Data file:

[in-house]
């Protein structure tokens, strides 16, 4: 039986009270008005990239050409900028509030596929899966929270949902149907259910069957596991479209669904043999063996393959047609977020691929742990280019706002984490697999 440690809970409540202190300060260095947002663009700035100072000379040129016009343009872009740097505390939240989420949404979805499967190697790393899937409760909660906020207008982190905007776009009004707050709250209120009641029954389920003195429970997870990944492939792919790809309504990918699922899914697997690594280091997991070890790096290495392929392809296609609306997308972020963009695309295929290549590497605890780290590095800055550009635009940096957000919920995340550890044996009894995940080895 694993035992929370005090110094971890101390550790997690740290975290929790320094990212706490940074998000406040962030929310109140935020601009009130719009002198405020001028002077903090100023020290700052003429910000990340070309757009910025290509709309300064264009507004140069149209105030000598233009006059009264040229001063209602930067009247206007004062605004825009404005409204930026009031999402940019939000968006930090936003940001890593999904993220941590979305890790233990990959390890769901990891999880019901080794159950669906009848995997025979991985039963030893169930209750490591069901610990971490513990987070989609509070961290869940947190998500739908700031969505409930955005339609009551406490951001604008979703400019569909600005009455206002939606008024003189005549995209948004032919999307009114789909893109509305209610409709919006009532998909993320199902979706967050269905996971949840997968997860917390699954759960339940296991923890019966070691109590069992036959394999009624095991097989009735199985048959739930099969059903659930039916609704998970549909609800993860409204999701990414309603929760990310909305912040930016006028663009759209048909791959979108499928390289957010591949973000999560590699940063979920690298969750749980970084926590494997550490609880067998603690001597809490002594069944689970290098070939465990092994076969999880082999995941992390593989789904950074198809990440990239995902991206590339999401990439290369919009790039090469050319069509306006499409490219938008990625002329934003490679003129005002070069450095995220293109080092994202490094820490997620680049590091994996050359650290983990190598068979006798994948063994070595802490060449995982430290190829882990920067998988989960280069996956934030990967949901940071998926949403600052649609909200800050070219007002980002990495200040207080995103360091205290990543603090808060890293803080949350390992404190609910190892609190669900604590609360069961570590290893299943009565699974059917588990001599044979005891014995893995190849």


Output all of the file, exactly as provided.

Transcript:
[in-house]
């Protein structure tokens, strides 16, 4: 039986009270008005990239050409900028509030596929899966929270949902149907259910069957596991479209669904043999063996393959047609977020691929742990280019706002984490697999 440690809970409540202190300060260095947002663009700035100072000379040129016009343009872009740097505390939240989420949404979805499967190697790393899937409760909660906020207008982190905007776009009004707050709250209120009641029954389920003195429970997870990944492939792919790809309504990918699922899914697997690594280091997991070890790096290495392929392809296609609306997308972020963009695309295929290549590497605890780290590095800055550009635009940096957000919920995340550890044996009894995940080895 694993035992929370005090110094971890101390550790997690740290975290929790320094990212706490940074998000406040962030929310109140935020601009009130719009002198405020001028002077903090100023020290700052003429910000990340070309757009910025290509709309300064264009507004140069149209105030000598233009006059009264040229001063209602930067009247206007004062605004825009404005409204930026009031999402940019939000968006930090936003940001890593999904993220941590979305890790233990990959390890769901990891999880019901080794159950669906009848995997025979991985039963030893169930209750490591069901610990971490513990987070989609509070961290869940947190998500739908700031969505409930955005339609009551406490951001604008979703400019569909600005009455206002939606008024003189005549995209948004032919999307009114789909893109509305209610409709919006009532998909993320199902979706967050269905996971949840997968997860917390699954759960339940296991923890019966070691109590069992036959394999009624095991097989009735199985048959739930099969059903659930039916609704998970549909609800993860409204999701990414309603929760990310909305912040930016006028663009759209048909791959979108499928390289957010591949973000999560590699940063979920690298969750749980970084926590494997550490609880067998603690001597809490002594069944689970290098070939465990092994076969999880082999995941992390593989789904950074198809990440990239995902991206590339999401990439290369919009790039090469050319069509306006499409490219938008990625002329934003490679003129005002070069450095995220293109080092994202490094820490997620680049590091994996050359650290983990190598068979006798994948063994070595802490060449995982430290190829882990920067998988989960280069996956934030990967949901940071998926949403600052649609909200800050070219007002980002990495200040207080995103360091205290990543603090808060890293803080949350390992404190609910190892609190669900604590609360069961570590290893299943009565699974059917588990001599044979005891014995893995190849």